Wintertime can be lots of fun for all the family but make sure you’re prepared for the hazards that come with it. Read our advice to help keep your dog warm, happy and safe from danger during the cold spell…
How can I keep my dog warm?
When the thermometer dips don’t leave your dog outside unattended – most pet dogs spend a lot of time inside and aren’t used to the extreme cold so could develop hypothermia or frostbite.
Coats and jumpers
Some breeds are not bothered by the cold, having a thick coat that does a great job of protecting them against the elements such as Labradors, huskies and German shepherds. However, particular breeds of dog struggle to keep warm more than others. Short-coated breeds, like greyhounds, Dobermans and Staffordshire bull terriers struggle the most to cope with the cold so make sure your dog has some winter clothes, like a cosy doggy jumper or coat on when they go outside.
If your dog starts lifting up their paws, whining or stopping while out on walks it could well be because their feet are too cold, so it’s a good idea to invest in some doggy winter boots for them to wear. This also makes post exercise cleaning easier as well. You should look for dog boots that have a good sole and Velcro straps.
Should your dog rather not wear boots, you should ensure that their feet are wiped down after the walk to remove any harmful substances picked up on their feet. Remember that salt and grit can get in between your dog’s toes and irritate their footpads.
In the house
If your dog is also feeling the chill at home, you may wish to consider moving their bed to a warmer part of the house, ensuring that your dog has nice thick blankets to keep them cosy and warm during the coldest days. Additionally, it’s worth considering a jumper for your dog indoors for extra warmth if they’re more susceptible to the cold. Of course, there’s always the option for extra cuddles to share the warmth too!
Don’t be a fair-weather friend – take your dog out in all weathers where possible but be careful in slippery conditions. If you’re elderly, don’t put yourself at risk, keep your dog at home and spend time playing games indoors to stop them from getting too bored or frustrated.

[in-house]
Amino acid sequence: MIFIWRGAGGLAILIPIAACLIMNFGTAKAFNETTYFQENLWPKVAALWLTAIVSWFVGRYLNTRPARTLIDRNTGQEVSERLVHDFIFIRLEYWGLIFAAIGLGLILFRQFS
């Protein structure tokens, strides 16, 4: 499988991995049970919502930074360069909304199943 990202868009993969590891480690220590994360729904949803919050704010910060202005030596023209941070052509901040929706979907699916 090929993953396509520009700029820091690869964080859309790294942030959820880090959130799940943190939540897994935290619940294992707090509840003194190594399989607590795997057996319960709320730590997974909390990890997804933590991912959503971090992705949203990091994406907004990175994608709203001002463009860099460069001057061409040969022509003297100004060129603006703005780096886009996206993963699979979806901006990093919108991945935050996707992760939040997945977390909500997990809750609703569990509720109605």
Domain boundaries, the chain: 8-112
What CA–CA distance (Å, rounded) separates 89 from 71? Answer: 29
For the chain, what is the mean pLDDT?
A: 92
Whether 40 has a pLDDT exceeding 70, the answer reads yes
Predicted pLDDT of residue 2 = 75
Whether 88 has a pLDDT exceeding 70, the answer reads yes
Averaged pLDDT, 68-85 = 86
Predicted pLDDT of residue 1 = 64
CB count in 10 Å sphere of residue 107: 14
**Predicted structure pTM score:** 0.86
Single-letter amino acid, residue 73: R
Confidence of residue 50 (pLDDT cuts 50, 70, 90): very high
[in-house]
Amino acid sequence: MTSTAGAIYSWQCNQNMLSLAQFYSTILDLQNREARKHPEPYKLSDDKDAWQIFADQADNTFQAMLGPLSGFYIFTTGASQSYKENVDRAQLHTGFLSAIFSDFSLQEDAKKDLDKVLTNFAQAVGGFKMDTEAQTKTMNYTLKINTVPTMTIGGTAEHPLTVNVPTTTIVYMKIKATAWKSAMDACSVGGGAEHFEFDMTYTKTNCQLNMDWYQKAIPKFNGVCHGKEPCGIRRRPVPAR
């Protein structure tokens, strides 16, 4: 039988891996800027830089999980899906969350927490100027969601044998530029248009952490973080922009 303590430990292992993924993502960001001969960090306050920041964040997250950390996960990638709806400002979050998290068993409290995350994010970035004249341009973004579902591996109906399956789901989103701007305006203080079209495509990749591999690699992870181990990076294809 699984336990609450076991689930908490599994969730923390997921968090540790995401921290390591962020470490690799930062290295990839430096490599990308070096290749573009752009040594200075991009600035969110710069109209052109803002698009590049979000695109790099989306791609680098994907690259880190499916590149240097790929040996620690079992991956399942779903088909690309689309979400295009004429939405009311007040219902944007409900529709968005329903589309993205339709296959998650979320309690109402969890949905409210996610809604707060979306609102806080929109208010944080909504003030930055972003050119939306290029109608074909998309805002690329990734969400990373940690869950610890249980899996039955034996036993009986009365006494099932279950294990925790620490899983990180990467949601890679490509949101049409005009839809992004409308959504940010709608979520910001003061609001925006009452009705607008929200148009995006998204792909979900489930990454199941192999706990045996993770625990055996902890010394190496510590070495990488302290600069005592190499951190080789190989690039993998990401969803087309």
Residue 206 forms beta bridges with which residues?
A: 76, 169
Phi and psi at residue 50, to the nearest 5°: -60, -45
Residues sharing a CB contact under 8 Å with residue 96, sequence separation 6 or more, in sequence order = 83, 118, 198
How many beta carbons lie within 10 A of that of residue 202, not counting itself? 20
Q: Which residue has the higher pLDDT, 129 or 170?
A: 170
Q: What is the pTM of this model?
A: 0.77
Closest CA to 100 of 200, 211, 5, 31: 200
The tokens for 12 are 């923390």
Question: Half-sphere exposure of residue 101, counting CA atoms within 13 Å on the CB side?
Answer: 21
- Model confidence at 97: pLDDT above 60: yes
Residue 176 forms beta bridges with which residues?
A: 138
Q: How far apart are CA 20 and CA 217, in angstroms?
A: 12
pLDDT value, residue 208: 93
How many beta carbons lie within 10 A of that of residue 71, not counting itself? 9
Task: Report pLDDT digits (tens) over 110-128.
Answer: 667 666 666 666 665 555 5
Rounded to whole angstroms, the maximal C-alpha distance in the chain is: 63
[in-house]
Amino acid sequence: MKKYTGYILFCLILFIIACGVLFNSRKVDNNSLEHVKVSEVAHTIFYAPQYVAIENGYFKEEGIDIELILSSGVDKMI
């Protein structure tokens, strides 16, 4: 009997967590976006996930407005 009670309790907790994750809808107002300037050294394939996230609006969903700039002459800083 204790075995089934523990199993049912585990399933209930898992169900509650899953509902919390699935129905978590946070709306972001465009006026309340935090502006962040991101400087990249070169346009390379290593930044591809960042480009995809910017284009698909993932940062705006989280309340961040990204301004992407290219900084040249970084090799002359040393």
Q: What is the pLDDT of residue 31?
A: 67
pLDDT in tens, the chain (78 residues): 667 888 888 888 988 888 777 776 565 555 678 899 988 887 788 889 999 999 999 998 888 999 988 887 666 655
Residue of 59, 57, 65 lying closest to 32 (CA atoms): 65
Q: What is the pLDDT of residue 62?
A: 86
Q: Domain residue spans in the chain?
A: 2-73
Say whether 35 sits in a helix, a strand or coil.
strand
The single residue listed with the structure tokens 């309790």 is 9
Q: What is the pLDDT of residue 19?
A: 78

Preparing for your walk
Trim the hair around your dog’s feet to help prevent ice-balls – these form between the pads and toes of the feet and are really painful
If you walk on salted pavements wash your dog’s paws after a walk because salt and grit can irritate their footpads. This will also prevent them from licking any salt or grit off their feet.
Stay away from frozen ponds or lakes and keep your dog on a lead near frozen water. If they do run on to it, it’s tempting to go after them but it’s really important that you don’t. Most dogs are strong swimmers and are more likely to get themselves out of trouble than you are.
If your dog is less active during the winter months, don’t forget to cut back a bit on what you feed them
If your dog has arthritis, it can be worse for them in the cold weather. If they start to show signs of discomfort please contact a vet as soon as possible.
We’ve listed our top tips on staying safe with your dog while out in the dark this winter:
Try to stick to lighted areas ie lighted paths in the park and, if you have to walk on a country road, walk against the traffic, keeping your dog on your right (away from the traffic)
Wear bright/reflective clothing so you can be seen by motorists during the dark evenings. You can also get some great reflective gear for dogs too.
It might be time to think about a good quality flashing collar or harness. This is particularly useful if you’re worried about your dog being off-lead in the dark, helping you to quickly locate your dog in the dark.
Carry a torch with you or wear a head-lamp to leave your hands free to walk your dog
If possible, organise to walk with a friend or a group. Not only will this give you the peace of mind when walking in the dark but if they bring along their dog too, your dog will have a friend to play with.
Only let your dog off the lead in an enclosed area, away from the road. It should be somewhere that is familiar to you and your dog.
You may also want to think about a light-up ball for exercising your dog in the park in the dark evenings. Ensuring that you don’t spend hours searching for that ball in the dark!
What games can I play with my dog inside?
If the weather is too cold or dangerous to go out, or you’re unable to take your dog for a walk for health reasons, you can ensure that your dog feels exercised inside the home.
You can play fetch inside the home with soft toys, ensuring that you do so on carpet to avoid your dog slipping when they’re running after the toy
For those dogs that love a game of tug, this can be a great way of not only exercising them indoors, but teaching them self-control when rules are put in place to make sure that play stays controlled
Keep your dog mentally stimulated by using their scavenger nature to your advantage. Instead of using your dog’s normal food bowl, think about using a Kong or a food puzzle to keep them entertained.